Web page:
The Indie Chronicles: 50 Things You Should Know And/Or Do Before You Make Any Kind of Film
a blogumn by R.B. Ripley
Nine months ago I made a decision to direct a short film. Yesterday, I gave final approval on the finished project. Like any protracted process, the end always feels a little anti-climactic and, as I learned, filmmaking seems to be no exception. It was just me and the post production manager in a dark theater. We watched. I handed over a check, took the receipt and the external hard drive on which the short film resides and left the studio. No fanfares, no sweeping music. No applause.
I got into my car, leaned my head against the steering wheel and smiled like the ridiculously happy son of a bitch I am: I made a movie.
Now, I’m not going to go so far as to say the decision to direct this itty-bitty short film has irrevocably changed my life, because really, that can’t be accurately assessed for some time. But the decision did change my own personal context just the slightest bit, the tiniest fraction. And already, less than a year later, I can tell that there is a difference – not just in terms of this project – but in how I approach things in general.
Rather than prattle on endlessly about how I FEEL regarding this whole process (which really, is irrelevant to anyone else and only midly entertaining if you’ve had enough to drink), I thought I’d share a list of 50 Very Important Things I learned during this project after the jump:
1. Never forget that the audience is the reason for storytelling.
2. Don’t spoon feed the audience; remember they want to be engaged in the story, not entertained.
3. Plan well.
4. Plan more.
5. Plan even more.
6. If you think you’re done planning, think again.
7. Virtually everything in a script is negotiable.
8. Be very clear about what the one thing in your script is that’s not negotiable.
9. Be ruthless with the script – cut everything.
10. A movie is told more through the image, the wardrobe, and the set than through dialogue.
11. Storyboard a script to within an inch of its life; then let the storyboard be the script.
12. Every writer should have to direct before they send out their own script to be read.
13. You need very little dialogue in film; tell the story “in the cut.”
14. A detailed budget is critical;Know where the money is going before it is spent.
15. Get comfortable with negotiating; Learn to use the phrase, “Can you offer that at a lower price?”
16. Always find a cheaper way to do it.
17. Treat your little project with the same respect you would if you were fully financed.
18. Provide clear expectations in writing to everyone you bring on board.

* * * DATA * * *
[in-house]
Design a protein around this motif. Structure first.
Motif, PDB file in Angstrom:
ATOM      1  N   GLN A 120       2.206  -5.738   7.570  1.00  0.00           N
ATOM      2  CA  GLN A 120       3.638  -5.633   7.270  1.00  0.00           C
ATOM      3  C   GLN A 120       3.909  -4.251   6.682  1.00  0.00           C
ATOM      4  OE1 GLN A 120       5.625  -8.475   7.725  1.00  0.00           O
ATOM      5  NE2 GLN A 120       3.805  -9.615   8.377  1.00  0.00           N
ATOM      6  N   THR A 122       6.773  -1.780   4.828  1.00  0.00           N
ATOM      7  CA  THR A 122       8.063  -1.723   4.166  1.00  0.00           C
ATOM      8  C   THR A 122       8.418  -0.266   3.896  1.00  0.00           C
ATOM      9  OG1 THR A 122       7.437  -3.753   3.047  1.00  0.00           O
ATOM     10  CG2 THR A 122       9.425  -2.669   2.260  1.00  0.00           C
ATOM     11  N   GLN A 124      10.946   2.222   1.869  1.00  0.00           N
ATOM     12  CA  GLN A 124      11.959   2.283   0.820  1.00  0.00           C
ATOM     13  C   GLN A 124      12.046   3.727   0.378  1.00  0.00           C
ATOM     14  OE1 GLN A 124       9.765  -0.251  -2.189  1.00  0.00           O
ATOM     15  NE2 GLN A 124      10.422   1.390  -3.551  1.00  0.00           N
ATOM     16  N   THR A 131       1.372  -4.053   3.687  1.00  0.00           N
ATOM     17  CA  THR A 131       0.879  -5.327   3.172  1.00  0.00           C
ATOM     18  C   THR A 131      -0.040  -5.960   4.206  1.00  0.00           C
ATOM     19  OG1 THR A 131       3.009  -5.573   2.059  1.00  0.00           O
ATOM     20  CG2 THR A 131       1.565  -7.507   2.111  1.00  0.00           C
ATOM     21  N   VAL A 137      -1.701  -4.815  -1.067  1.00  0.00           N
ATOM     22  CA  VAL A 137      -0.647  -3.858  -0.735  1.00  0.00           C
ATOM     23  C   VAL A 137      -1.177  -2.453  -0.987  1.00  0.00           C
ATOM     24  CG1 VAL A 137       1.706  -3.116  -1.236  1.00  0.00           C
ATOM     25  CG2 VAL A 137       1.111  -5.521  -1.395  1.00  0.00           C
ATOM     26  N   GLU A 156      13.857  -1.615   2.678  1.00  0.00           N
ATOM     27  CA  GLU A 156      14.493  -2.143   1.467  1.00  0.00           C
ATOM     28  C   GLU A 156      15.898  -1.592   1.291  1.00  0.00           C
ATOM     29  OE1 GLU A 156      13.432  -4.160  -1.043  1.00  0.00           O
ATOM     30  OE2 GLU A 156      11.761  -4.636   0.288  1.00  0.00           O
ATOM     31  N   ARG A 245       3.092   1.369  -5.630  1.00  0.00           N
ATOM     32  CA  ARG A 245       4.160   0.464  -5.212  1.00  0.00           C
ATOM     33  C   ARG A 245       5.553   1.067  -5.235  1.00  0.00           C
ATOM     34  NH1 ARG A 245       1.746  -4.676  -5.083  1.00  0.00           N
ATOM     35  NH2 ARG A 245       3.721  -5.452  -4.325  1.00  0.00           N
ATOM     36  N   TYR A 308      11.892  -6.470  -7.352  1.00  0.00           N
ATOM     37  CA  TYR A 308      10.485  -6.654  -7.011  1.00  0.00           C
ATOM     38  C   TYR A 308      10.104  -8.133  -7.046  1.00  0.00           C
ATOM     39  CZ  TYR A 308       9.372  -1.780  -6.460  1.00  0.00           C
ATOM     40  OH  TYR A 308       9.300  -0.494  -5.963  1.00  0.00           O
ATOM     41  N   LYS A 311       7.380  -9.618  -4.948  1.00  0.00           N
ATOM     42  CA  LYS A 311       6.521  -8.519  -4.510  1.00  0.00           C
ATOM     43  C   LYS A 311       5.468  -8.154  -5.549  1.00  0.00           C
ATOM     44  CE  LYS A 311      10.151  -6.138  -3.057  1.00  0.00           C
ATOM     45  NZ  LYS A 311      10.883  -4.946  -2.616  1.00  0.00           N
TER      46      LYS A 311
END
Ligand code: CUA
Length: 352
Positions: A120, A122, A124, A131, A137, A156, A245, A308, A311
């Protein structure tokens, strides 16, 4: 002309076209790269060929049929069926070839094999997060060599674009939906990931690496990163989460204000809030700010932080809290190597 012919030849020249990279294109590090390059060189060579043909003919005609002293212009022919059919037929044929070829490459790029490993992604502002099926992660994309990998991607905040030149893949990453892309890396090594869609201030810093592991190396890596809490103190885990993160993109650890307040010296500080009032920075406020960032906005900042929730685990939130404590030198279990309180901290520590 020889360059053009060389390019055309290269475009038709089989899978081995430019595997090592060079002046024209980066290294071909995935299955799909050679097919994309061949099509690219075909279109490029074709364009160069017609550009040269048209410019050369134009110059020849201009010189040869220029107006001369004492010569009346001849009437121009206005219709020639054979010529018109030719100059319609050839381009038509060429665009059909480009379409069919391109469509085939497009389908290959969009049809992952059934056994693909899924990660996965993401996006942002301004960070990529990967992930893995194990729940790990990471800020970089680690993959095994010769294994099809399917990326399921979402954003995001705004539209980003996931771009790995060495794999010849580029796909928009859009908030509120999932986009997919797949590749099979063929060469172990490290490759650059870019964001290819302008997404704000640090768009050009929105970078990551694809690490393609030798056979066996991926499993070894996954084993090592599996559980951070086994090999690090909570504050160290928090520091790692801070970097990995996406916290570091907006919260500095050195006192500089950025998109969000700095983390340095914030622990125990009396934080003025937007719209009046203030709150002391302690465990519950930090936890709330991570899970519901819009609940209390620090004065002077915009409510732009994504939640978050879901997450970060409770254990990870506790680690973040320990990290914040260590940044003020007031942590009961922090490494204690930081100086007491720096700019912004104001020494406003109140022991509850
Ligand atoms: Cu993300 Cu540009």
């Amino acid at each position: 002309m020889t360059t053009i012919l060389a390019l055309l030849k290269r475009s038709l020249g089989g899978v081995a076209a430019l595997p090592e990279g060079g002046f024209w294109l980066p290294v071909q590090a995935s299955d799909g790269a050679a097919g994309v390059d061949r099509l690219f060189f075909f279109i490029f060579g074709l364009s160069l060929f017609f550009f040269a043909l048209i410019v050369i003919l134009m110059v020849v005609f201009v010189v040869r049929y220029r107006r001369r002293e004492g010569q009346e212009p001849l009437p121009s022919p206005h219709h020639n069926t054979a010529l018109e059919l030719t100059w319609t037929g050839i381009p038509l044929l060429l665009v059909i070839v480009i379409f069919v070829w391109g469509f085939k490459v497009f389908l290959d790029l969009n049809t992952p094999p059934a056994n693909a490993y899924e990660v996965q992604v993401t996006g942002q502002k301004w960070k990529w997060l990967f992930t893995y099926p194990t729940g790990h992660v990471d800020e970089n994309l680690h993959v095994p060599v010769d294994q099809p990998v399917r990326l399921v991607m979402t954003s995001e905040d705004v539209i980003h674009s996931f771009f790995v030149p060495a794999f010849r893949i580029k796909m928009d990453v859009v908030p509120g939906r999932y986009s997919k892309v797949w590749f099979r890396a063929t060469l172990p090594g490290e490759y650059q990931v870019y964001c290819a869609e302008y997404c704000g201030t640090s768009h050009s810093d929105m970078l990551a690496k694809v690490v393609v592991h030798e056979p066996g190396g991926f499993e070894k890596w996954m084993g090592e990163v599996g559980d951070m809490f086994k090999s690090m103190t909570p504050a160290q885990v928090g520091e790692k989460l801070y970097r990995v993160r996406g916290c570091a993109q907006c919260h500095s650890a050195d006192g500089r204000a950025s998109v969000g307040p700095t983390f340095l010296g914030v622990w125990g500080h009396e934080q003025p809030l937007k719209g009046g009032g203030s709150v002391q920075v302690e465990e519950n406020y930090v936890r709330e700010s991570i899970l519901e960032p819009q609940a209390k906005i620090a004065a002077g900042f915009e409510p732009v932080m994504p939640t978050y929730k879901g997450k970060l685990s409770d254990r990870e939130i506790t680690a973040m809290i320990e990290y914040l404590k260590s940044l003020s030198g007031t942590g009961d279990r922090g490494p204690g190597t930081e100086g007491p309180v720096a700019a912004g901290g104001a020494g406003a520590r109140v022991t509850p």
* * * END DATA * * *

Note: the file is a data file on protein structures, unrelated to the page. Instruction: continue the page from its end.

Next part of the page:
19. Pay people on time.
20. Schedule lightly on your first day.
21. Thank everyone for their work, every day.
22. Hire people you want to work with.
23. Hire people who are great at what they do.
24. Trust that a good cinematographer has visual ideas that are better than your own.
25. Never underestimate the power and creativity of group thought.
26. Feed the cast and crew exceptionally well.
27. A good producer never loses their dignity.
28. A good producer is worth their weight in gold.
29. A good producer wraps up production appropriately.
30. Good actors help “connect the dots” for the audience in ways you can’t begin to imagine.
31. Have three backup plans for every scene.
32. On set, a director is simply a problem-solver if they’ve done their prep work.
33. Spend time with the actors rehearsing before production begins.
34. During production reserve one hour every day for yourself; Spend it alone without your phone or computer.
35. Remember that filmmaking isn’t life-threatening, so don’t treat people as though it is.
36. Dolly rentals are ridiculously overpriced.
37. Working with Film LA is challenging.
38. Be willing to pay for permits.
39. Always be flexible because nothing ever goes as planned.
40. You can’t be afraid to try something different than you’d initially planned.
41. Laugh hard and laugh often.
42. Everyone has a marvelous story, so spend time talking.
43. It’s okay to ask people for favors as long as you’re prepared to return them.
44. Always ask questions before making statements.
45. Filmmaking is the apex of team sports.
46. It never hurts to ask.
47. Take the crew out for drinks one night early in production.
48. Behind every project there must always be someone who keeps pushing the rock up the hill.
49. Handwritten thank you notes still mean something special.
50. Always treat your significant other to something they’ve wanted to do after you spend time away from them.
So, the only thing left is to screen this project for people whom I trust and who I know want to see it succeed. That will be done in mid-October and then its all about executing the plan to submit to festivals, agents, etc. But that’s really another project altogether, isn’t it? And of course, the specter of “What’s next?” looms large. But at least now, I sleep nights knowing that if the answer to “What’s next?” isn’t readily apparent, then its sure to be found when I start searching.
And oh, what a glorious damned search it will be.